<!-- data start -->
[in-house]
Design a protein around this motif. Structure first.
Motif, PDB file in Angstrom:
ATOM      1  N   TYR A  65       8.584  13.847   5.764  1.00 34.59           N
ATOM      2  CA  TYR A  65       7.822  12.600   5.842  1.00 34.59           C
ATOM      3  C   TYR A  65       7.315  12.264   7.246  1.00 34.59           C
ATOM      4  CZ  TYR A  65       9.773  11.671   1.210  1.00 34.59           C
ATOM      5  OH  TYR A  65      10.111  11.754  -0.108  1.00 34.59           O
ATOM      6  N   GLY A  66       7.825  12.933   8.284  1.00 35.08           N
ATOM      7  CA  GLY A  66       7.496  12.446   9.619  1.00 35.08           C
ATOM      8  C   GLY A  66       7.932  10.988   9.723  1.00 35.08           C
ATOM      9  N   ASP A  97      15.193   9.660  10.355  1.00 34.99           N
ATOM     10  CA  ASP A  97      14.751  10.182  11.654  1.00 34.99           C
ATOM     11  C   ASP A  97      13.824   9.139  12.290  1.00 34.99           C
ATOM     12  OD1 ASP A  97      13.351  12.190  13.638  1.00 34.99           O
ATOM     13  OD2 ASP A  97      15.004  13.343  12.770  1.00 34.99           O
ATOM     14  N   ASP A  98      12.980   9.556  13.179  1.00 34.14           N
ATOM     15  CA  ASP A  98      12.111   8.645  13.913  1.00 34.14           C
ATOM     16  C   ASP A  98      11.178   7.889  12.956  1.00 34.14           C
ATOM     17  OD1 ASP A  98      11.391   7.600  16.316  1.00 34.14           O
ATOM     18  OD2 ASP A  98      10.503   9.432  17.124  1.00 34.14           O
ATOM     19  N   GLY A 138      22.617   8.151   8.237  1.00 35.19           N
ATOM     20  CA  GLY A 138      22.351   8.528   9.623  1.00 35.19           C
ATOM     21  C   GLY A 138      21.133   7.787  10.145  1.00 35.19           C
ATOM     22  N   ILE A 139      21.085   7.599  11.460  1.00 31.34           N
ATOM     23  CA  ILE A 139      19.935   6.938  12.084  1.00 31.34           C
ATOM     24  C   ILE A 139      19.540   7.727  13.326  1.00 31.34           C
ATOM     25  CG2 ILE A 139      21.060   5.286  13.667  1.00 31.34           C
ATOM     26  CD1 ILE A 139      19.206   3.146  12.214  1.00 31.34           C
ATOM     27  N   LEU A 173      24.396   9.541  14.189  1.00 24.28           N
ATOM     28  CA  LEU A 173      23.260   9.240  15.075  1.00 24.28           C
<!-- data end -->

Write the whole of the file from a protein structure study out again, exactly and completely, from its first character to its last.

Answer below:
[in-house]
Design a protein around this motif. Structure first.
Motif, PDB file in Angstrom:
ATOM      1  N   TYR A  65       8.584  13.847   5.764  1.00 34.59           N
ATOM      2  CA  TYR A  65       7.822  12.600   5.842  1.00 34.59           C
ATOM      3  C   TYR A  65       7.315  12.264   7.246  1.00 34.59           C
ATOM      4  CZ  TYR A  65       9.773  11.671   1.210  1.00 34.59           C
ATOM      5  OH  TYR A  65      10.111  11.754  -0.108  1.00 34.59           O
ATOM      6  N   GLY A  66       7.825  12.933   8.284  1.00 35.08           N
ATOM      7  CA  GLY A  66       7.496  12.446   9.619  1.00 35.08           C
ATOM      8  C   GLY A  66       7.932  10.988   9.723  1.00 35.08           C
ATOM      9  N   ASP A  97      15.193   9.660  10.355  1.00 34.99           N
ATOM     10  CA  ASP A  97      14.751  10.182  11.654  1.00 34.99           C
ATOM     11  C   ASP A  97      13.824   9.139  12.290  1.00 34.99           C
ATOM     12  OD1 ASP A  97      13.351  12.190  13.638  1.00 34.99           O
ATOM     13  OD2 ASP A  97      15.004  13.343  12.770  1.00 34.99           O
ATOM     14  N   ASP A  98      12.980   9.556  13.179  1.00 34.14           N
ATOM     15  CA  ASP A  98      12.111   8.645  13.913  1.00 34.14           C
ATOM     16  C   ASP A  98      11.178   7.889  12.956  1.00 34.14           C
ATOM     17  OD1 ASP A  98      11.391   7.600  16.316  1.00 34.14           O
ATOM     18  OD2 ASP A  98      10.503   9.432  17.124  1.00 34.14           O
ATOM     19  N   GLY A 138      22.617   8.151   8.237  1.00 35.19           N
ATOM     20  CA  GLY A 138      22.351   8.528   9.623  1.00 35.19           C
ATOM     21  C   GLY A 138      21.133   7.787  10.145  1.00 35.19           C
ATOM     22  N   ILE A 139      21.085   7.599  11.460  1.00 31.34           N
ATOM     23  CA  ILE A 139      19.935   6.938  12.084  1.00 31.34           C
ATOM     24  C   ILE A 139      19.540   7.727  13.326  1.00 31.34           C
ATOM     25  CG2 ILE A 139      21.060   5.286  13.667  1.00 31.34           C
ATOM     26  CD1 ILE A 139      19.206   3.146  12.214  1.00 31.34           C
ATOM     27  N   LEU A 173      24.396   9.541  14.189  1.00 24.28           N
ATOM     28  CA  LEU A 173      23.260   9.240  15.075  1.00 24.28           C